Midwives Are Heroes We Rarely Talk About


By David Serumaga

Mothers and newborns are the heart of the midwifery profession. With the right equipment and supplies, skilled midwives can save thousands of mothers and their newborns each year. Because they work in communities close to the mothers, midwives are uniquely positioned to provide the compassionate, respectful and culturally sensitive care a women needs during pregnancy and childbirth.

Midwifery is the practice of ensuring the safe and healthy delivery of the infant and placenta. A midwife tends to the general health and well-being of the mother during her preconception pregnancy and postpartum period. Midwives are the primary caregivers for millions of women and newborns before, during and after childbirth. Majority of Ugandan midwives have the standard minimum of nursing qualification, making them only capable of performing basic procedures.

Due to the effort of midwives, the health sector has recorded a reduction in mortality and fetal neonatal in Uganda.

A chat with Sister Zansanze Margret Serunjogi, a midwife in Kasana Health Centre IV reveals that for over 20years midwives have been in the lead to prevent Mother to Child transmission of HIV/AIDs. This is done through Sero Status Screening during routine Antenatal visits in a space of every three months. Negative mothers are encouraged to stay faithful as positive mothers are started on Anti Retro Therapy (ART) right away regardless of the CD4.

Sister Serunjongi says in her 30years of practice, she has been preparing women aged 15-35 from the period of preconception pregnancy to postnatal. She says the biggest challenge in her work has been husbands who do not support their pregnant wives. “Some of the women I receive lack care takers yet their husbands are out there in their leisure time, which makes our work tiresome. Despite this, we have been able to help such women because that is our profession. We are meant to save lives,” said Sister Serunjogi.

Midwives hold feeding sessions with mothers, which has minimized or eliminated death of children due to poor feeding. Sister Serunjogi said that they have gone ahead to train mothers on how to lay beds, keep their children in the mosquito nets which has reduced on the malaria rate in Uganda. They go a step further and monitor these mothers because some of them forget their lessons.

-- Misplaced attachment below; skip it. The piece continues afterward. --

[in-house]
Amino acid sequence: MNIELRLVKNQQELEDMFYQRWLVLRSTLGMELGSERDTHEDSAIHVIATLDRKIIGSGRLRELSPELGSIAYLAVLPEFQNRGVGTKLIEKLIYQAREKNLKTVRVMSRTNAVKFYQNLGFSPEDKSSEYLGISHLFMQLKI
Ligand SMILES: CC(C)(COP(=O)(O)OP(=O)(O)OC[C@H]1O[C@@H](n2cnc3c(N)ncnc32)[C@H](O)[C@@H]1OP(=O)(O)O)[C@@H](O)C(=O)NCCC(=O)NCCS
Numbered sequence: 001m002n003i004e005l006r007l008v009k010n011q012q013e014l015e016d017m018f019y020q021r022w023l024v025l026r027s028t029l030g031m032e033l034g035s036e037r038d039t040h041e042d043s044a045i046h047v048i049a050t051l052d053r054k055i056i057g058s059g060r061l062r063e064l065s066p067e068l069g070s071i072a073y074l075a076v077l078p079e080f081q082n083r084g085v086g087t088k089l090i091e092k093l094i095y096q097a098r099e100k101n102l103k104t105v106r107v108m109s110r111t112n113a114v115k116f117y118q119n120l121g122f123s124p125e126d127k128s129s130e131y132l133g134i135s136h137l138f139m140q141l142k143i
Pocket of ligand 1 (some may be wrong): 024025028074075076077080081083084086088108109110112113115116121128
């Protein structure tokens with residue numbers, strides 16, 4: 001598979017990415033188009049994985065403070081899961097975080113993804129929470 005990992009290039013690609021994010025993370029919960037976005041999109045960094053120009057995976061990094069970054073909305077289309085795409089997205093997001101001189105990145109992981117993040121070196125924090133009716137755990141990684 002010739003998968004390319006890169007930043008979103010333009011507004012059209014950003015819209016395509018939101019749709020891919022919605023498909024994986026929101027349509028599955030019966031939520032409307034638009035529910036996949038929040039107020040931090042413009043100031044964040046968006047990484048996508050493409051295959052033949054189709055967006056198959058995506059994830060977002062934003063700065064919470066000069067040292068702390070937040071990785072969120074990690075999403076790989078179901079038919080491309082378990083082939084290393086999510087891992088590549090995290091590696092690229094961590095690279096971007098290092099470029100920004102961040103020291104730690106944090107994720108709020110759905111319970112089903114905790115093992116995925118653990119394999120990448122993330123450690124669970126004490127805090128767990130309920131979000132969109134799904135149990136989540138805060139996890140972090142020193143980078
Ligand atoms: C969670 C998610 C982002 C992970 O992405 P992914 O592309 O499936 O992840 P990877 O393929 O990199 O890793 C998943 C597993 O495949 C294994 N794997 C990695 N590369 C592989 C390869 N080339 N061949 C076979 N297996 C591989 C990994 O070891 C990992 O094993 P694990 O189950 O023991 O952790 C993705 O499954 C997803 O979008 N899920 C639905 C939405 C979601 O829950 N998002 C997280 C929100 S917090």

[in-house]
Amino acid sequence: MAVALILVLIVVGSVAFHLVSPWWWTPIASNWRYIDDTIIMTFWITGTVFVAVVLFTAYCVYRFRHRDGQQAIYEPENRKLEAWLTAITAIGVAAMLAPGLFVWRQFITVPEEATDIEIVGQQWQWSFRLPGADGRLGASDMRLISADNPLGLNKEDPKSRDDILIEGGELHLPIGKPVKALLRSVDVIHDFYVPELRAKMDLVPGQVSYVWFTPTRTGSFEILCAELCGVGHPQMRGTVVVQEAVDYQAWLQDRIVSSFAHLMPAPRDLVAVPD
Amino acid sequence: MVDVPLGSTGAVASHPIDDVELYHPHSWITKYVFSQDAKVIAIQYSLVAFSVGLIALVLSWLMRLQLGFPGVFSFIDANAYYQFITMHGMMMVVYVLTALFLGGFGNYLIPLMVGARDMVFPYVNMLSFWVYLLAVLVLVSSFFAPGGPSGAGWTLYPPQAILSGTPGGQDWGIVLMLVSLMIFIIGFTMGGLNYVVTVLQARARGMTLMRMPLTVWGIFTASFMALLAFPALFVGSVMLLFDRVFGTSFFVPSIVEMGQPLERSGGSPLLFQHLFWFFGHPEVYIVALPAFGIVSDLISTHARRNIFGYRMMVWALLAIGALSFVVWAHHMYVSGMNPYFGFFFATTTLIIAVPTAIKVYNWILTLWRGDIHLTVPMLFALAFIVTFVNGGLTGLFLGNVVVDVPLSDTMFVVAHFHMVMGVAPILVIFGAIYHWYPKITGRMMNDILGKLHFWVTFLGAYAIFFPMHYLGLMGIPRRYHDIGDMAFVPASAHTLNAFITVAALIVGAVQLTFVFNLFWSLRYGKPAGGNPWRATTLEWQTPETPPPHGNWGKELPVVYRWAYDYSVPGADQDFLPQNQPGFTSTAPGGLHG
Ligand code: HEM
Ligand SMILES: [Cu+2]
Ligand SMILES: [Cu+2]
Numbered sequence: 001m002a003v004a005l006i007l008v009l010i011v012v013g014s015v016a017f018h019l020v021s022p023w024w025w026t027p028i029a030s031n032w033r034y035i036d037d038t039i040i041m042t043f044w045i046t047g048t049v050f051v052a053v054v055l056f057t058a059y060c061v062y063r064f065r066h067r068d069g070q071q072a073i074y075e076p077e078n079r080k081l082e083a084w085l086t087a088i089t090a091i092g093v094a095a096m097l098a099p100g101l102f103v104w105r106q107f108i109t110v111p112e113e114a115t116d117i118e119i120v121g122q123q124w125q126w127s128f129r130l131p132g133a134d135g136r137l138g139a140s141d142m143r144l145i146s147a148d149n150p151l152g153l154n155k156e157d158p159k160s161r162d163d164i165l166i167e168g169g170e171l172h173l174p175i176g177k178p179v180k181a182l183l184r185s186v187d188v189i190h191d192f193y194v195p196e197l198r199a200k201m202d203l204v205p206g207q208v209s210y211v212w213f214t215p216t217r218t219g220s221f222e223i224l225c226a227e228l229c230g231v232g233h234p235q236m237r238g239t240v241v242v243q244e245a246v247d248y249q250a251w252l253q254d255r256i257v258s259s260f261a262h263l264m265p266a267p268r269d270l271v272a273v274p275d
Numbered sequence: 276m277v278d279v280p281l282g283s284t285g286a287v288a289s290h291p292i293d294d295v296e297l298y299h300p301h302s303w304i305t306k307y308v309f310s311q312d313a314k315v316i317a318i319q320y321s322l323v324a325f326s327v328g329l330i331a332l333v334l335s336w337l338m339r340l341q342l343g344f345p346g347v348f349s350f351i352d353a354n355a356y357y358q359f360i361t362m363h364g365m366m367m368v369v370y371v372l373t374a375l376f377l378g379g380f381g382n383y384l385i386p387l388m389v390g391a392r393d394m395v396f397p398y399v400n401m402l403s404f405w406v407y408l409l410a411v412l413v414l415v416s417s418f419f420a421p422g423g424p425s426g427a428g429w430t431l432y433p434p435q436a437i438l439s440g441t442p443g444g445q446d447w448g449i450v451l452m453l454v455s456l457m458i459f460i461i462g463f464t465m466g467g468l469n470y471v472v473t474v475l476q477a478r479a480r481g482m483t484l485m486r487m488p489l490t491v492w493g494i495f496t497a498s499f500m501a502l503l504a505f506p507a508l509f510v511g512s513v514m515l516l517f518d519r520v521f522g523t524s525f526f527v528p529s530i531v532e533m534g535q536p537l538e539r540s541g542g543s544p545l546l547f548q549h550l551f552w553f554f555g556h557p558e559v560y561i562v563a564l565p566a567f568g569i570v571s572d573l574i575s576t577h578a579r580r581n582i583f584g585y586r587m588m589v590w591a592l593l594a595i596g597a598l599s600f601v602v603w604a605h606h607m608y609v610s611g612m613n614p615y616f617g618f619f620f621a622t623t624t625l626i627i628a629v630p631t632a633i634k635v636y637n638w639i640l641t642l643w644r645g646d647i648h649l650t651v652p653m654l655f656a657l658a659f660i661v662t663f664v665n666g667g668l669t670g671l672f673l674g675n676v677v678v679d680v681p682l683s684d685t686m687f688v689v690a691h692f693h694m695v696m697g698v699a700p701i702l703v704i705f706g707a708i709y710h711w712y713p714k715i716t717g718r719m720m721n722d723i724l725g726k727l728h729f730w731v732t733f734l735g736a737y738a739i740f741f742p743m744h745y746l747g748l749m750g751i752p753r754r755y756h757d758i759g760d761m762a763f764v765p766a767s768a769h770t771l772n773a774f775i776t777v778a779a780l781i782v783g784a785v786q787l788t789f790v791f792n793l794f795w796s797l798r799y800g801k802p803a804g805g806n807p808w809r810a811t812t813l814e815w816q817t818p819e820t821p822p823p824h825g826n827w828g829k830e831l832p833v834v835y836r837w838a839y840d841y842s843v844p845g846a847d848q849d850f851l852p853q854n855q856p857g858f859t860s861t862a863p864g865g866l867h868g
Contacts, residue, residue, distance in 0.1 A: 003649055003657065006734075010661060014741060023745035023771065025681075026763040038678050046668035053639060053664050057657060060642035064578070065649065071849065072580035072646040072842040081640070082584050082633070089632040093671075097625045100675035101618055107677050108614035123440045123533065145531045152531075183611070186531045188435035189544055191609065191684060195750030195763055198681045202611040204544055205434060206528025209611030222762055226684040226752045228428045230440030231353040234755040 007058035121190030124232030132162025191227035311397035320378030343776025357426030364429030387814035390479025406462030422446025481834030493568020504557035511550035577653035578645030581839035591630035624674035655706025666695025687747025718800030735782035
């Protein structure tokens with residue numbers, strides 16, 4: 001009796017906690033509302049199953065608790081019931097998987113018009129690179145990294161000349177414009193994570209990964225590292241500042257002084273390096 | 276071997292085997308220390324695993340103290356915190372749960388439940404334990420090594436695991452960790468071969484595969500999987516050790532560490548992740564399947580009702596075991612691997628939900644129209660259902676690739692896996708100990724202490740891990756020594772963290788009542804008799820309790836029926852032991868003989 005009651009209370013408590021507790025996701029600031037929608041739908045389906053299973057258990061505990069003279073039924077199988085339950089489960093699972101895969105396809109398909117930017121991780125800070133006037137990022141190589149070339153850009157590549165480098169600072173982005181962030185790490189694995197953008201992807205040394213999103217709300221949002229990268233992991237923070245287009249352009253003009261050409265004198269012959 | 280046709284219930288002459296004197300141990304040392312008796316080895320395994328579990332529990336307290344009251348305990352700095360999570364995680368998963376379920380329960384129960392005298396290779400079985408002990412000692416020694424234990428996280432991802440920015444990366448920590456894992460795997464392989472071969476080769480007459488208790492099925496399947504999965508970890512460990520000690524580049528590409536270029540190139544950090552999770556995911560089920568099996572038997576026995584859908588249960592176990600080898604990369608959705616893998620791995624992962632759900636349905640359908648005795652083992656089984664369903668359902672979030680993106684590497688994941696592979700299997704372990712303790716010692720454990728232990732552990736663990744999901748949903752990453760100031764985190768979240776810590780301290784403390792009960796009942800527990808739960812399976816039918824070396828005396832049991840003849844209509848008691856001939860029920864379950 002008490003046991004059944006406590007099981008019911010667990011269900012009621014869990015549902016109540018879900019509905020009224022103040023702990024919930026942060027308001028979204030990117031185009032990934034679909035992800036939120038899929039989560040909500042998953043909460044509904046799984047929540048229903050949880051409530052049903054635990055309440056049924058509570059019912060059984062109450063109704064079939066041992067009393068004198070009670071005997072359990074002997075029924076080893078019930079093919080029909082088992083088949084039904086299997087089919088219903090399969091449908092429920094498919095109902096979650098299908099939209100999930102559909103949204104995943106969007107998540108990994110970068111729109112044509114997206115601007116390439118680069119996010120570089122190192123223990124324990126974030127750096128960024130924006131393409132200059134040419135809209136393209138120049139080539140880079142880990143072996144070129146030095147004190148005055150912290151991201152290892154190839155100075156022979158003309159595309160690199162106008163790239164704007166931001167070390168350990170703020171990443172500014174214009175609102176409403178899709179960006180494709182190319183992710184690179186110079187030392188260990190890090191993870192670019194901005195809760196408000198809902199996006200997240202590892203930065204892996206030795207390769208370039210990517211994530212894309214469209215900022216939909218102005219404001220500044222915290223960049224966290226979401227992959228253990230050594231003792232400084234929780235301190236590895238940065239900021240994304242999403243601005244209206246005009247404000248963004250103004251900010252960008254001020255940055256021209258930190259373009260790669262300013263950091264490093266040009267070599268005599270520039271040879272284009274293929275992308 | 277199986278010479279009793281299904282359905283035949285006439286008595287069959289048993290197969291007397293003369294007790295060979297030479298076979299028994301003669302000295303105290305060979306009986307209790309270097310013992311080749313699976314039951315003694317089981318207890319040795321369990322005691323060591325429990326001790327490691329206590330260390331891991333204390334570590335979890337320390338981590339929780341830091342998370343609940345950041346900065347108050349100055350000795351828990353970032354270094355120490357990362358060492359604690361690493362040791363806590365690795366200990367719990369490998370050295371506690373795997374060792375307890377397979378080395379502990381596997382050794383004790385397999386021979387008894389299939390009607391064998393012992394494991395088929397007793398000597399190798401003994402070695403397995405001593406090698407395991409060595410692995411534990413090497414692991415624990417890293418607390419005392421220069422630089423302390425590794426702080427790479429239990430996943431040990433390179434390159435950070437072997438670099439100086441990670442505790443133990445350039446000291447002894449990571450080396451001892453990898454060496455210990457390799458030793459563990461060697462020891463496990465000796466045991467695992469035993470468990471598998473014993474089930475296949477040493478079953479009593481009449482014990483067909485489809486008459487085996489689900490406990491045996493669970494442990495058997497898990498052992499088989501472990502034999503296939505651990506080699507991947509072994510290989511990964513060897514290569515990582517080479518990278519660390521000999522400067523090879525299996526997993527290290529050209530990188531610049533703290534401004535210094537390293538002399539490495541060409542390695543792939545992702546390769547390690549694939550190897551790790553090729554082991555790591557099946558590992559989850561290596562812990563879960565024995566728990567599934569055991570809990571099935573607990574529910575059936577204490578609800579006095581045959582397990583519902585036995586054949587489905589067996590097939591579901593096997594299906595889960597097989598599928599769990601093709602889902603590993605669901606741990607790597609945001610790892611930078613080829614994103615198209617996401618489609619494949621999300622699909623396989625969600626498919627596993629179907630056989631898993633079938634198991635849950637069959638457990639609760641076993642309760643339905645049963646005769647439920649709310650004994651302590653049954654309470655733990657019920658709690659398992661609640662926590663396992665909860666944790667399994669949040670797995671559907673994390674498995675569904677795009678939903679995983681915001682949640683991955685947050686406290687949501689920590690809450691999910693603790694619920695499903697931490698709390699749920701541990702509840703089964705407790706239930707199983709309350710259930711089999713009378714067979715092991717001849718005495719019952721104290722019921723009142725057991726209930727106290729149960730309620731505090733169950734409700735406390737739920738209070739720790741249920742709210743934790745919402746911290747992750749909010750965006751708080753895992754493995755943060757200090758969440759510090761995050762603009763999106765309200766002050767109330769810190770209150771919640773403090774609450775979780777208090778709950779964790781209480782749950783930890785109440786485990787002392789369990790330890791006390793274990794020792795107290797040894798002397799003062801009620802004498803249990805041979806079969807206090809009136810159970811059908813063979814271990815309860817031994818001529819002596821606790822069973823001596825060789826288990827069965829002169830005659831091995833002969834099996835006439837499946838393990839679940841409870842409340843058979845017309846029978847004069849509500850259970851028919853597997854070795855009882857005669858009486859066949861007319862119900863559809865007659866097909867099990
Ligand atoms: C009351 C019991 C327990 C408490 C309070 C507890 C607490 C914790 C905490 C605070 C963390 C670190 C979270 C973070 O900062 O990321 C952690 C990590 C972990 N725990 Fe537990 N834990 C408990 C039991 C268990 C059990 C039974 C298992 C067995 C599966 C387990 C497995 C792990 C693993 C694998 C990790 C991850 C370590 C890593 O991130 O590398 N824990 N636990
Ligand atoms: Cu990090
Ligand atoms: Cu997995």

In order to reduce the Mother-to-Child Transmission of diseases like HIV/Aids that had risen in 1990s resulting from unprofessional Traditional Birth Attendants (TBAs), the Ministry of Health teamed TBAs with village health teams (VHT), to offer advice on basic healthcare to rural communities on topics that now include registering pregnant women, detecting danger signs among pregnant women and encouraging women to deliver in health centres.

In the past 25 years, the world has almost bisected maternal deaths. However, every year, some 300,000 women still die during pregnancy and childbirth globally, and almost 3 million babies do not survive their first four weeks of life.As Uganda embarks on implementing the Sustainable Development Goals, the role of midwives should be recognized and supported to ensure safe births.

Government has already prioritized the training of midwives to meet the country’s needs. In partnership with Government of Sweden there are bursaries for young people who choose midwifery as a career – with a special emphasis on hard-to-reach areas. These initiatives are critical in making midwifery a career of choice among young people.

The First Lady and Minister for Karamoja Affairs, Hon Janet Museveni in April 2016, commissioned 90 midwives hailing from Karamoja and Busoga and the districts of Yumbe, Oyam and Katakwi under the theme, “Zero tolerance to maternal and new born mortality.” In her address she said, “We should do our utmost best to prevent maternal and new born deaths.” The program is sponsored by Government and United Nations Population Fund (UNFPA) and it’s geared towards bridging the human resource gap in the area of midwifery and focuses on regions that have had very poor maternal health indicators.

Hon.EliodaTumwesigye the Minister of Health said in partnership with other development partners, a bursary fund has been established and a total of 462 midwives have been trained since 2010 and of that number, 160 hail from Karamoja region. 79% of these Midwives have qualified and are currently deployed.

Hon.Elioda also revealed that to further address the challenges midwives faces, government has formed Constituency Health Task Forces, as a formal structure to take charge of health facilities across the country. These Task Forces will be chaired by MPs and assisted by RDC’s and will be provided with 30 billion shillings each to repair health facilities, establish maternal facilities, screen diseases and support health educators.

Research around the world has shown that there cannot be safe motherhood without midwives whose work reduces complications in child birth up to 80%. Midwives also have a critical role to play in providing family planning and counseling.Midwifery is one of the professions that are less talked about and yet very key in the lives of mothers and their newborn babies. There are midwives who have exposed their lives to disease and other danger just to help a mother deliver a baby. And indeed some have died from diseases like HIV/AIDS which they contracted during their duty. Such and more in this category are the heroines we never hear about.

Today we celebrate midwives like Sister Zansanze Margret Serunjogi and applaud themfor the work they do in saving mothers’ and babies’ lives.





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